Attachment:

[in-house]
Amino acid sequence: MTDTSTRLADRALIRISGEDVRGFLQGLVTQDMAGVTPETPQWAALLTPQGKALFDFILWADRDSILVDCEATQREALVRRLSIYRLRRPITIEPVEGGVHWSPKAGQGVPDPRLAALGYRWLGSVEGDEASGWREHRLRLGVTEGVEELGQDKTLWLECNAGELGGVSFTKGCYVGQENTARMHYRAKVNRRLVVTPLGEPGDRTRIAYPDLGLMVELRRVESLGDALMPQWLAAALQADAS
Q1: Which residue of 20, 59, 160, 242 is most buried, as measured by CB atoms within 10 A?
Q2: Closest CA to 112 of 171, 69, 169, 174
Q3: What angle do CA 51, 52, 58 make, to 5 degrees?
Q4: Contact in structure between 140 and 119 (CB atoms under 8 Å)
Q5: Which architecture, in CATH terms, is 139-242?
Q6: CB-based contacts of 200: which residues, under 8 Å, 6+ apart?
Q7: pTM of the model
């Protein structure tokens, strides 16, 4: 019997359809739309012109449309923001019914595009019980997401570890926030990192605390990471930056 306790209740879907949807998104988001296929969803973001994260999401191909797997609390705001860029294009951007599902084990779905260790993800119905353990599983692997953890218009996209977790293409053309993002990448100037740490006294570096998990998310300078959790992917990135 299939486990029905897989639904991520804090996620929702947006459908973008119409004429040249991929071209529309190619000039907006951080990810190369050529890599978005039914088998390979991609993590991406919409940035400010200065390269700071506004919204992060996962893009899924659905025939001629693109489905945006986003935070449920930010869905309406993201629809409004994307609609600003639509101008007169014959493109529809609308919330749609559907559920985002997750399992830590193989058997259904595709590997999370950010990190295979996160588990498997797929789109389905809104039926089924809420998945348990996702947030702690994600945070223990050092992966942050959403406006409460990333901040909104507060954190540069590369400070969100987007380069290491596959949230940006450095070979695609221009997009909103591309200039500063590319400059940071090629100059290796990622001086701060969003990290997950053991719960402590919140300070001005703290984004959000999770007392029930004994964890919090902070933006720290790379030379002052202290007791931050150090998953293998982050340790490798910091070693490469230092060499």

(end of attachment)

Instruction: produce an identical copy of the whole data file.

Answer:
[in-house]
Amino acid sequence: MTDTSTRLADRALIRISGEDVRGFLQGLVTQDMAGVTPETPQWAALLTPQGKALFDFILWADRDSILVDCEATQREALVRRLSIYRLRRPITIEPVEGGVHWSPKAGQGVPDPRLAALGYRWLGSVEGDEASGWREHRLRLGVTEGVEELGQDKTLWLECNAGELGGVSFTKGCYVGQENTARMHYRAKVNRRLVVTPLGEPGDRTRIAYPDLGLMVELRRVESLGDALMPQWLAAALQADAS
Q1: Which residue of 20, 59, 160, 242 is most buried, as measured by CB atoms within 10 A?
Q2: Closest CA to 112 of 171, 69, 169, 174
Q3: What angle do CA 51, 52, 58 make, to 5 degrees?
Q4: Contact in structure between 140 and 119 (CB atoms under 8 Å)
Q5: Which architecture, in CATH terms, is 139-242?
Q6: CB-based contacts of 200: which residues, under 8 Å, 6+ apart?
Q7: pTM of the model
């Protein structure tokens, strides 16, 4: 019997359809739309012109449309923001019914595009019980997401570890926030990192605390990471930056 306790209740879907949807998104988001296929969803973001994260999401191909797997609390705001860029294009951007599902084990779905260790993800119905353990599983692997953890218009996209977790293409053309993002990448100037740490006294570096998990998310300078959790992917990135 299939486990029905897989639904991520804090996620929702947006459908973008119409004429040249991929071209529309190619000039907006951080990810190369050529890599978005039914088998390979991609993590991406919409940035400010200065390269700071506004919204992060996962893009899924659905025939001629693109489905945006986003935070449920930010869905309406993201629809409004994307609609600003639509101008007169014959493109529809609308919330749609559907559920985002997750399992830590193989058997259904595709590997999370950010990190295979996160588990498997797929789109389905809104039926089924809420998945348990996702947030702690994600945070223990050092992966942050959403406006409460990333901040909104507060954190540069590369400070969100987007380069290491596959949230940006450095070979695609221009997009909103591309200039500063590319400059940071090629100059290796990622001086701060969003990290997950053991719960402590919140300070001005703290984004959000999770007392029930004994964890919090902070933006720290790379030379002052202290007791931050150090998953293998982050340790490798910091070693490469230092060499």